10th Lorenz Kramer Memorial Lecture
Synchronization of Spatial Patterns - A Matter of Life or Death
Prof. Alain Pumir
(ENS de Lyon, France)
October 11, 2016
Synchronous activity of all cells in a tissue is a key to the proper functioning of several important organs, in particular those performing a mechanical task. Specific examples include the heart, whose function is to pump blood throughout the whole body, or the uterus, whose contractions lead to the expulsion of the newborn. One of the motivations for understanding and controlling the rhythm comes from the consequences associated with improper synchronization (arrhythmias) in such tissues.
In the two examples above, the mechanical activity (contraction) is triggered by electric waves of depolarization. I will discuss the mechanism leading to synchronization in these two organs. Whereas in the heart, the activity is centrally coordinated by specialized (pacemaker) cells, spontaneously oscillating cells have not been found in the uterus. The physiological changes observed in the organ during pregnancy suggest a prominent role of the coupling between the cells in the tissue. I will discuss the situation using model studies.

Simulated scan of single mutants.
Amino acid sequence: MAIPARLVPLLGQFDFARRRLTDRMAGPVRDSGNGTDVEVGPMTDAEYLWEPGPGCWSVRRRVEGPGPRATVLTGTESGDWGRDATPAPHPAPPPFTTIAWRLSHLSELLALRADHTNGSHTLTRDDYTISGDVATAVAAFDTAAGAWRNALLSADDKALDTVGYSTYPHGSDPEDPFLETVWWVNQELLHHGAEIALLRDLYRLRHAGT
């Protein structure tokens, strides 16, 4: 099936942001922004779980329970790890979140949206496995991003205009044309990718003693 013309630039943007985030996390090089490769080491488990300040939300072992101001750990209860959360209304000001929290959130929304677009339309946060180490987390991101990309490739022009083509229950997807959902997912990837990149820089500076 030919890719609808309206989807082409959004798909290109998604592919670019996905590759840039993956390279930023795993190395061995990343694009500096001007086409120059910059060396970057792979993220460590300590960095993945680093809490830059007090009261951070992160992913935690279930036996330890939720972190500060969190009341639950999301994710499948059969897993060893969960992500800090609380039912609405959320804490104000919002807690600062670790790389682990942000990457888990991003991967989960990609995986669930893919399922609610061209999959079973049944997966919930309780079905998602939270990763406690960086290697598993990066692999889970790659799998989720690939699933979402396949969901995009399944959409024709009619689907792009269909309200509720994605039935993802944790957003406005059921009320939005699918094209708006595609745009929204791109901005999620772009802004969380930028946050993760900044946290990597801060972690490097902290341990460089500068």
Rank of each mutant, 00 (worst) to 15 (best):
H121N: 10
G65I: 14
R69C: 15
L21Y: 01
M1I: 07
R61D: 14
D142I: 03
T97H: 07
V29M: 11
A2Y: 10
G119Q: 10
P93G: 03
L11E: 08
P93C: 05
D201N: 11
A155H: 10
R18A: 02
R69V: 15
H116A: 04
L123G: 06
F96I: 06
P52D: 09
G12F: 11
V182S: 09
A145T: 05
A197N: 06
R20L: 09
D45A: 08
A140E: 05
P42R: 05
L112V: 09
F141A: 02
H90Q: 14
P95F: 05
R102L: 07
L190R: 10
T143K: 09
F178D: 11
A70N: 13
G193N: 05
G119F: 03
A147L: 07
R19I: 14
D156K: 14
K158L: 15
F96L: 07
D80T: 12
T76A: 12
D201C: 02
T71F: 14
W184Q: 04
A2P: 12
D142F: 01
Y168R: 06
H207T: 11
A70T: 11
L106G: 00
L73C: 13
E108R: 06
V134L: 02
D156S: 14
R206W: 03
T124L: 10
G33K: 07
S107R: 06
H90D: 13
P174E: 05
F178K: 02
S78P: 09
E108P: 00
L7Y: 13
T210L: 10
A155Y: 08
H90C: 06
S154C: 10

n the heart, the control of arrhythmias is mostly done by using electric fields. Defibrillation shocks remain the only reliable way to treat patient with a severe arrhythmia, such as ventricular tachycardia. I will discuss the physical aspects of the interaction between an externally applied electric field and cardiac tissue, and the importance of devising treatments involving electric fields with a weaker intensity. In particular, I will present the method of Low Energy Antifibrillation Pacing (LEAP), and its potential advantages for the treatment of arrhythmias.